International markets have continued to plummet amid fears of a global economic slowdown.
The US stock exhange had shown signs of improvement earlier on Friday, but gains quickly retracted.
The Dow Jones ended down 1.57 per cent, while the Nasdaq dropped 1.62 per cent. The S&P 500 was down 1.50 per cent.
Earlier, European markets also fell, London's FTSE-100 closed down 1.01 per cent and Germany's Dax lost 2.19 per cent. France's Cac fell 1.92 per cent.
Global investors fear major economies may be heading back into recession after a raft of gloomy US economic data, and are concerned by an apparent failure by policymakers to offer solutions for the eurozone debt crisis.
Gold rises as Asian markets slide
Richard Milne from the London-based Financial Times told Al Jazeera the chances of a global recession are increasing. He added that the volatile market behavior could mean things will get worse before they get better.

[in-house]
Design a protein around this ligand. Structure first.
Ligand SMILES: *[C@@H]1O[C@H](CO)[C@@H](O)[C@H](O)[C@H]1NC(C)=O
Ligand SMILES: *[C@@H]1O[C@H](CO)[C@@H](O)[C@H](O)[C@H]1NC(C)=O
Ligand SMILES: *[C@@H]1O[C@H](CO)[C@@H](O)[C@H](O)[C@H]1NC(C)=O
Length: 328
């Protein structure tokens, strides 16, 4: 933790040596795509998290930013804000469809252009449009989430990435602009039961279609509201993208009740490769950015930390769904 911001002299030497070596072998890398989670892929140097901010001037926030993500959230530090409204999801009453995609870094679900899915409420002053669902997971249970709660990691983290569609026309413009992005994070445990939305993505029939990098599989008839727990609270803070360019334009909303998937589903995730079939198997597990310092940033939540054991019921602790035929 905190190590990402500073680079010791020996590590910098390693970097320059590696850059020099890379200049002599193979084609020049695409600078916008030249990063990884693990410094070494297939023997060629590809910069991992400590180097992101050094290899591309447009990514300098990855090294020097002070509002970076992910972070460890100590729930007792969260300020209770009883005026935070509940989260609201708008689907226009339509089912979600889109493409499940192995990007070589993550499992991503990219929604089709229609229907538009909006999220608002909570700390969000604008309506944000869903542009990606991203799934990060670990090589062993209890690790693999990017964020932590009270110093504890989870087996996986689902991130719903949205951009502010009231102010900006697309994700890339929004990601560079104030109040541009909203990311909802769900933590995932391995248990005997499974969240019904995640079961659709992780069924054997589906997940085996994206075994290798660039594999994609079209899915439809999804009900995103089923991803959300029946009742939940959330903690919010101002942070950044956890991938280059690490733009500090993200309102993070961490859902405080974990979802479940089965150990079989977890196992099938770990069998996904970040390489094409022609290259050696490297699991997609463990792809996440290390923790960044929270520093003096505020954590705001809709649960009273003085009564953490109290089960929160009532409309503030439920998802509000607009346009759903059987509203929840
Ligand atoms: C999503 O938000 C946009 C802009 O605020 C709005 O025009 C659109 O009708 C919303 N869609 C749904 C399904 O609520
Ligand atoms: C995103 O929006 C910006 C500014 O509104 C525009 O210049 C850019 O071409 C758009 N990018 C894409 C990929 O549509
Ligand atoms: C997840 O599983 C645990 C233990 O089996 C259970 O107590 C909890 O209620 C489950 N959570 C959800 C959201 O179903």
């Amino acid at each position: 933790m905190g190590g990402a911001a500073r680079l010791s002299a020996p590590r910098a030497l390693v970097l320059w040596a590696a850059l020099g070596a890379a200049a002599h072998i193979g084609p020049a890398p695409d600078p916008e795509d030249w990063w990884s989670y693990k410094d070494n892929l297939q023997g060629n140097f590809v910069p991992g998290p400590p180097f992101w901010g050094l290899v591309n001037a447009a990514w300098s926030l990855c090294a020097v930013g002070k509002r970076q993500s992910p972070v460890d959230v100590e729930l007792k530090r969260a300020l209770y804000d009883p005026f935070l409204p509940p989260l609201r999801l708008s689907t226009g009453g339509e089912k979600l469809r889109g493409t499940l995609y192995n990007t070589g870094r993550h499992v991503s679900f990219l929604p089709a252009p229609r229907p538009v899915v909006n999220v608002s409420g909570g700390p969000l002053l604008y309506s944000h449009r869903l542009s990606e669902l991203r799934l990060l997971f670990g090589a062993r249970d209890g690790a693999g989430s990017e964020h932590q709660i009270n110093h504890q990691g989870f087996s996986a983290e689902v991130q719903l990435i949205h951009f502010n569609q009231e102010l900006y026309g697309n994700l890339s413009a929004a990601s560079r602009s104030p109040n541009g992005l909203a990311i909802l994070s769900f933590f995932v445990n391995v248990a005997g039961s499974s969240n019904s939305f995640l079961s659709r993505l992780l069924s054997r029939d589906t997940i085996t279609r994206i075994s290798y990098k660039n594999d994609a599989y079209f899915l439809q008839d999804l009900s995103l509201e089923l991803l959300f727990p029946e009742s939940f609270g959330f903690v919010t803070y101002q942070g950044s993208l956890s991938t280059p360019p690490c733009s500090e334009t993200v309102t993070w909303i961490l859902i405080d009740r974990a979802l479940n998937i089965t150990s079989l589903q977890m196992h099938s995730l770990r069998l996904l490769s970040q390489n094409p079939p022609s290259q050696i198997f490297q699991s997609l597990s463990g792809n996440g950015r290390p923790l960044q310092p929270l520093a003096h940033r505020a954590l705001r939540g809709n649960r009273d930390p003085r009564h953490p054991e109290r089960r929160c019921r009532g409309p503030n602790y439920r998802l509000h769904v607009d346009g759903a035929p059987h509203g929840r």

"The biggest worry I hear from investors is that they fear a Japan-style economic effect could happen, where the markets could lose a decade or even two decades before things get better," said Milne.
Lothar Mentel, chief investment officer at Octopus Investments, said: "Some stocks have been driven down to ridiculous levels.
"There has been a panic about European banks. European governments are guaranteeing European banks, but if the governments are not stable themselves, that means the banks aren't stable."
Earlier, Asian markets also closed down, with Japan's Nikkei losing 2.45 per cent and Hong Kong's Hang Seng down 3.01 per cent.
South Korea's Kospi fell by 6.2 per cent, posting its worst daily percentage loss since the global financial crisis in late 2008.
Oil prices fell as investors speculated that slower global growth would dent demand for crude.
So-called safe haven investments continued to rise, with the spot price of gold hitting a new record high of $1833.81 an ounce.
The Swiss franc rose against the euro, despite recent attempts by the Swiss authorities to weaken it earlier this month.
Source: Al Jazeera and agencies